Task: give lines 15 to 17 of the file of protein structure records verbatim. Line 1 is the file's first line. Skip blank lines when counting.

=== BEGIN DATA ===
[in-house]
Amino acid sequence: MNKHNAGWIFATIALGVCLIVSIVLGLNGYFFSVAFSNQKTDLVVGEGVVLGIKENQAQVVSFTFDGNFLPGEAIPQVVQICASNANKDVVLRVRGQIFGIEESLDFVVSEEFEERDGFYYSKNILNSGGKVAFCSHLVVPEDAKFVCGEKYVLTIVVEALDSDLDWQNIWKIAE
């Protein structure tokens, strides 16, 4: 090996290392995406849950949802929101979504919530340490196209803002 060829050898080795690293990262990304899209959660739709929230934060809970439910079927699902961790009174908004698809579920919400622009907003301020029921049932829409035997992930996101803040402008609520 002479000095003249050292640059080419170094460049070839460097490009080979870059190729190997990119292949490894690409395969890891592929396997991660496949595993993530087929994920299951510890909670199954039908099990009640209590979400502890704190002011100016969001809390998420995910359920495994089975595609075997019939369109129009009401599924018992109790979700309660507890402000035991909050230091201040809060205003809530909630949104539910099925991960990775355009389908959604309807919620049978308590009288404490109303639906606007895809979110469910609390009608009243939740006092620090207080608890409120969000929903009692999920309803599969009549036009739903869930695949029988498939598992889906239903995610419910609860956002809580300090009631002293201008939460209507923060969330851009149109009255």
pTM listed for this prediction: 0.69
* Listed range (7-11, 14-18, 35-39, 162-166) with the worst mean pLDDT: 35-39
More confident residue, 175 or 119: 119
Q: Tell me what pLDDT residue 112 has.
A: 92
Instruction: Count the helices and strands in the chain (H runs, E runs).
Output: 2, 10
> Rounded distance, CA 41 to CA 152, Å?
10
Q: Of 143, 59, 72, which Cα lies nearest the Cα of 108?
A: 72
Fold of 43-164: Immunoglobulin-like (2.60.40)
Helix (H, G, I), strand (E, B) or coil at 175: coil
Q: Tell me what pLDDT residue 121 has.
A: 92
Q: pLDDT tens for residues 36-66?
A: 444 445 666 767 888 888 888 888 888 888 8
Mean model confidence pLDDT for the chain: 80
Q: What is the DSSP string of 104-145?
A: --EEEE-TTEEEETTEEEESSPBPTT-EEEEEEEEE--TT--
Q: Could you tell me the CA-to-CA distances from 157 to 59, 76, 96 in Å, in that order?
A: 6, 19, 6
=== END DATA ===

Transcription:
Fold of 43-164: Immunoglobulin-like (2.60.40)
Helix (H, G, I), strand (E, B) or coil at 175: coil
Q: Tell me what pLDDT residue 121 has.